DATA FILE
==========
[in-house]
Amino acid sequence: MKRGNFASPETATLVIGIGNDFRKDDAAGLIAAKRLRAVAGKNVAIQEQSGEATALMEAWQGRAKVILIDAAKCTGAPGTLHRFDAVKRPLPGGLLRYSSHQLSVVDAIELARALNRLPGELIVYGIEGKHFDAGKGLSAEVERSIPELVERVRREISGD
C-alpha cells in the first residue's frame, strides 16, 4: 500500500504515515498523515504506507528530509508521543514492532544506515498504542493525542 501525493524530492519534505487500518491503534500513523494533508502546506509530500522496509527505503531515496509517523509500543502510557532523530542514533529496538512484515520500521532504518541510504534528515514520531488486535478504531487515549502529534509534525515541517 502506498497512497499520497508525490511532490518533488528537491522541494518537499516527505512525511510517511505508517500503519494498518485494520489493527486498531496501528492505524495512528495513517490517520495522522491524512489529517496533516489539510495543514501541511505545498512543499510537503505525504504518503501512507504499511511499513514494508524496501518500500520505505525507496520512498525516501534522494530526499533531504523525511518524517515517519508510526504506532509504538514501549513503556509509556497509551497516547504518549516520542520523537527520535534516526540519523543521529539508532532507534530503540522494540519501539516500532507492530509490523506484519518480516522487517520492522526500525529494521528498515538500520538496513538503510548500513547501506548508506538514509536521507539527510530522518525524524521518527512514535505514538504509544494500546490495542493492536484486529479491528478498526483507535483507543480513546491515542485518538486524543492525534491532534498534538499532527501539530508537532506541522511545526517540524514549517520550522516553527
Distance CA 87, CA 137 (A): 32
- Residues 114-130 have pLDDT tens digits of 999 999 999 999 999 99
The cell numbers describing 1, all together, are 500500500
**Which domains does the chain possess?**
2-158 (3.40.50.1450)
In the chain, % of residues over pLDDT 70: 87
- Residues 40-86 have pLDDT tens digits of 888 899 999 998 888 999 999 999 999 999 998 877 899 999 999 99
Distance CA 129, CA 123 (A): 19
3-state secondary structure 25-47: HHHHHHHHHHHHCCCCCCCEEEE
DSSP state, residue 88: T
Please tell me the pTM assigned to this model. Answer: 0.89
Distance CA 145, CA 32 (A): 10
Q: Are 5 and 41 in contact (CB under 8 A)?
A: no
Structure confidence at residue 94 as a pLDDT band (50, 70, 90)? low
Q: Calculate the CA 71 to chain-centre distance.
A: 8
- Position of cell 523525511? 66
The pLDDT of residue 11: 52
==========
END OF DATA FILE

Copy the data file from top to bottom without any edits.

[in-house]
Amino acid sequence: MKRGNFASPETATLVIGIGNDFRKDDAAGLIAAKRLRAVAGKNVAIQEQSGEATALMEAWQGRAKVILIDAAKCTGAPGTLHRFDAVKRPLPGGLLRYSSHQLSVVDAIELARALNRLPGELIVYGIEGKHFDAGKGLSAEVERSIPELVERVRREISGD
C-alpha cells in the first residue's frame, strides 16, 4: 500500500504515515498523515504506507528530509508521543514492532544506515498504542493525542 501525493524530492519534505487500518491503534500513523494533508502546506509530500522496509527505503531515496509517523509500543502510557532523530542514533529496538512484515520500521532504518541510504534528515514520531488486535478504531487515549502529534509534525515541517 502506498497512497499520497508525490511532490518533488528537491522541494518537499516527505512525511510517511505508517500503519494498518485494520489493527486498531496501528492505524495512528495513517490517520495522522491524512489529517496533516489539510495543514501541511505545498512543499510537503505525504504518503501512507504499511511499513514494508524496501518500500520505505525507496520512498525516501534522494530526499533531504523525511518524517515517519508510526504506532509504538514501549513503556509509556497509551497516547504518549516520542520523537527520535534516526540519523543521529539508532532507534530503540522494540519501539516500532507492530509490523506484519518480516522487517520492522526500525529494521528498515538500520538496513538503510548500513547501506548508506538514509536521507539527510530522518525524524521518527512514535505514538504509544494500546490495542493492536484486529479491528478498526483507535483507543480513546491515542485518538486524543492525534491532534498534538499532527501539530508537532506541522511545526517540524514549517520550522516553527
Distance CA 87, CA 137 (A): 32
- Residues 114-130 have pLDDT tens digits of 999 999 999 999 999 99
The cell numbers describing 1, all together, are 500500500
**Which domains does the chain possess?**
2-158 (3.40.50.1450)
In the chain, % of residues over pLDDT 70: 87
- Residues 40-86 have pLDDT tens digits of 888 899 999 998 888 999 999 999 999 999 998 877 899 999 999 99
Distance CA 129, CA 123 (A): 19
3-state secondary structure 25-47: HHHHHHHHHHHHCCCCCCCEEEE
DSSP state, residue 88: T
Please tell me the pTM assigned to this model. Answer: 0.89
Distance CA 145, CA 32 (A): 10
Q: Are 5 and 41 in contact (CB under 8 A)?
A: no
Structure confidence at residue 94 as a pLDDT band (50, 70, 90)? low
Q: Calculate the CA 71 to chain-centre distance.
A: 8
- Position of cell 523525511? 66
The pLDDT of residue 11: 52